Every year I blow
through the calendar date
on which my lungs will cease whispering
and my neurotransmitters will stop sending
the codes that fire imagination into reality
and keep my armature of bones from
crumbling into chalk.
Amen and amen. Such blindness is a blessing.
I wish to put on a three-piece suit and dine out
without being chauffeured by a shadow.
In fact, I will kiss a beautiful woman in
even though her husband,
the size of a side of beef,
knocks the fillings from my molars
with a haymaker that leaves me
just this side of the grave, but smiling.
I will do this and more in blissful ignorance,
like writing notes to myself,
secured to the fridge by a GREATEST DAD
about what I should remember to do
in 2048, the Year of Our Lord.
I will finish reading The Canterbury Tales
while hiking three miles of the
In the spirit of a true pilgrimage,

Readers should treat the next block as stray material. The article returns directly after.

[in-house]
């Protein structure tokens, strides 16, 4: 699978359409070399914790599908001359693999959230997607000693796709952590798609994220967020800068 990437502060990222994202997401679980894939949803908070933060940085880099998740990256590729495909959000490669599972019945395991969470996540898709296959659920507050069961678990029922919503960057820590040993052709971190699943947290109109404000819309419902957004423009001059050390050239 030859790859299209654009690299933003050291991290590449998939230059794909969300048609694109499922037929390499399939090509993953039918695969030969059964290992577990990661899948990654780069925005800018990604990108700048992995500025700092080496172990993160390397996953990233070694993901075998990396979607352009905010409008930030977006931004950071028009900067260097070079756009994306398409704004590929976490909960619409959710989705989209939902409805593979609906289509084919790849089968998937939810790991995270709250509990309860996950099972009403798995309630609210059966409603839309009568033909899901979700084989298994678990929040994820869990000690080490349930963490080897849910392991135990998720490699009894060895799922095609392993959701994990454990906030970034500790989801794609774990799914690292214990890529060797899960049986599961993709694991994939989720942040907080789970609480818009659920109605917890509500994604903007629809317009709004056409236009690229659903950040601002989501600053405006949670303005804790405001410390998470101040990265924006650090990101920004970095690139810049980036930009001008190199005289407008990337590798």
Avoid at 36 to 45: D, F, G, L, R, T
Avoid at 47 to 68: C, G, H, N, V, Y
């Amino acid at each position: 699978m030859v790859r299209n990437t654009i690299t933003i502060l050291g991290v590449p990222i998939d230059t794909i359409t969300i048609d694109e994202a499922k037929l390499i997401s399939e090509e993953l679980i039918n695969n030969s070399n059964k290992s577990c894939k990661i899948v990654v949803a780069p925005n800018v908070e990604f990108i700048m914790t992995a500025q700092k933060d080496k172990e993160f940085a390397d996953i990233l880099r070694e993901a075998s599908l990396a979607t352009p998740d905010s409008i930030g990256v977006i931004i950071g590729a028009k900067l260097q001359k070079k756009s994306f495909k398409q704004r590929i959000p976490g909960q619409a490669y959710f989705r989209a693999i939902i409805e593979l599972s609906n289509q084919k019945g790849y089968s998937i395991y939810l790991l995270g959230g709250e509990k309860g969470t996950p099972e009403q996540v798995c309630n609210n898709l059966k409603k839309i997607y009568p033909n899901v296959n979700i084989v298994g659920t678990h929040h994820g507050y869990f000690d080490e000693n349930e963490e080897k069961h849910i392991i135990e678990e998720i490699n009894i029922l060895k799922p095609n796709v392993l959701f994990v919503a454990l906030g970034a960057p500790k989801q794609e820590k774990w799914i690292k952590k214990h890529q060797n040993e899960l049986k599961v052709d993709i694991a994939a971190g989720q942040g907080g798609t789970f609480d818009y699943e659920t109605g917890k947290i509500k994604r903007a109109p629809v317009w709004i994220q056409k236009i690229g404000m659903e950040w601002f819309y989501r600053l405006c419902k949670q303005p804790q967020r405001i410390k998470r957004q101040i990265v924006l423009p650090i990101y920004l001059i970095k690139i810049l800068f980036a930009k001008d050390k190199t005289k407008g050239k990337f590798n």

I will challenging fellow hikers to a contest
to see who can tell the most outlandish story.
Mine will be about kissing a stranger in a
before needing considerable dental work.
And I will attend Keith Richards’ party
when he reaches a weathered one hundred and two
and consider hanging an IV drip of Jack
In the distance is a mountain ten miles high,
its top a piece of granite jutting above the rim
of the forever-reeling earth, the father of tribes
and the bringer of mojo to the young at
That’s my headstone, but it will take me years
to lay my body at its base and say, “Good night.”
I am a modern-day Ulysses, home from the war
but hungry for continued mischief and a
What would be the point of knowing
that an out-of-control Ferris wheel
might hurl my body into the stratosphere
on some Tuesday afternoon, May twelfth, at
I have written my epitaph. It says,
“Death took more than a few jabs at me,
but I was a moving target.”